Affiliation: Oxford University Hospitals, Department of Oral, and Maxillofacial Surgery, Churchill Hospital and, John Radcliffe Hospital, Oxford, United Kingdom.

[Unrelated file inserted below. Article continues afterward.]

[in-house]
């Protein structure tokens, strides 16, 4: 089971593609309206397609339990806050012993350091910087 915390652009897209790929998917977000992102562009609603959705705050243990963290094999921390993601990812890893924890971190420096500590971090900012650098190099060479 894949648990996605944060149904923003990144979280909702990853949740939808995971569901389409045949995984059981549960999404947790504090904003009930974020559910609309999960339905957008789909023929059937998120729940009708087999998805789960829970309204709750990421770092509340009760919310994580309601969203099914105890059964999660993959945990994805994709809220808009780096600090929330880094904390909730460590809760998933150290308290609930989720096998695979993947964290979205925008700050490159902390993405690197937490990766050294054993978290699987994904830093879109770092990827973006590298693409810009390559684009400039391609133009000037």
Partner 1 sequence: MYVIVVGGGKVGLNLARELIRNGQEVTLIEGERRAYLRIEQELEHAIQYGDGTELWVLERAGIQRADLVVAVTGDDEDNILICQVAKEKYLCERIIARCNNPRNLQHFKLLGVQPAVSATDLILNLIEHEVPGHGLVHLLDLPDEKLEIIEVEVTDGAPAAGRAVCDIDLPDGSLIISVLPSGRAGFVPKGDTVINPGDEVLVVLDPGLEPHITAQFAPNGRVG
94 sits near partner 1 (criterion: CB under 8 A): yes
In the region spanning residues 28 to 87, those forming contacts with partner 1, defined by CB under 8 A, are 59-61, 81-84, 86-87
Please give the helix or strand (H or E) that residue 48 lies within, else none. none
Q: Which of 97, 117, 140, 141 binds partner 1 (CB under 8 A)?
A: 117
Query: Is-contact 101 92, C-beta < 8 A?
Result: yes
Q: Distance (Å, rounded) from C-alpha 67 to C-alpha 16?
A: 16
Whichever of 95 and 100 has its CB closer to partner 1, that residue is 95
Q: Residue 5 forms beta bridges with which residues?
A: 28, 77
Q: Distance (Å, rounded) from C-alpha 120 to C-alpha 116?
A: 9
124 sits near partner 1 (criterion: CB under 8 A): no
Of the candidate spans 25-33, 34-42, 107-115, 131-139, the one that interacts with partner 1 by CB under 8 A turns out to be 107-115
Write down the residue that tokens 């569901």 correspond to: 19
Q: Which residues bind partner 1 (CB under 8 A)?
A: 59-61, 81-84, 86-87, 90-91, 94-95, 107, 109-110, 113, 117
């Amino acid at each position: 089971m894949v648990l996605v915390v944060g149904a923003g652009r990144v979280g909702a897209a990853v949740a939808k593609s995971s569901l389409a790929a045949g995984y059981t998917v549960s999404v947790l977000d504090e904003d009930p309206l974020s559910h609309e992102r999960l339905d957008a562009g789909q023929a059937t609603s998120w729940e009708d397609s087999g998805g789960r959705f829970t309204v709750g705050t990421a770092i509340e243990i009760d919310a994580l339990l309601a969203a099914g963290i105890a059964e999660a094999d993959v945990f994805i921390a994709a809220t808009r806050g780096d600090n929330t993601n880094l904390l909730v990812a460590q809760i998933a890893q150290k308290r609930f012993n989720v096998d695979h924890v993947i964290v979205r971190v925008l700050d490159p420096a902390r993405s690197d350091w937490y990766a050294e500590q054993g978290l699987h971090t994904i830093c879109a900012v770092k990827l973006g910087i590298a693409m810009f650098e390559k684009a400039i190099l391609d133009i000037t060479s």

This article aims to give an overview on etiology, diagnosis and treatment options of osteonecrosis of the jaw bone among cancer patients receiving anti-resorptive drugs (ARDs). The physiologic bone function of continuous resorption and buildup is modified by the use of ARDs. Although ARDs proved to reduce pain and to improve the quality of life in patients with metastasizing bone disease, side effects such as medication related osteonecrosis of jaw bone (MRONJ) have been frequently reported since ARDs were firstly introduced. The new generation of ARDs such as Denosumab is associated with the same incidence of MRONJ among cancer patients. The etiology of MRONJ is not entirely understood and many hypotheses have been proposed. ARDs can modify the hard tissues directly by accumulation in the bone, or indirectly by suppression of the osteoclasts, inhibition of angiogenesis and vascularity. Some ARDs such as Bisphosphonates have reportedly the capacity to interfere directly and indirectly with the bone physiology. MRONJ can be a debilitating disease with non healing freely exposed bone in the oral cavity in patients, who already suffer from a primary cancerous disease. Knowledge of MRONJ as a potential side effect of ARDs is crucial for health professionals treating patients with bone modulating drugs.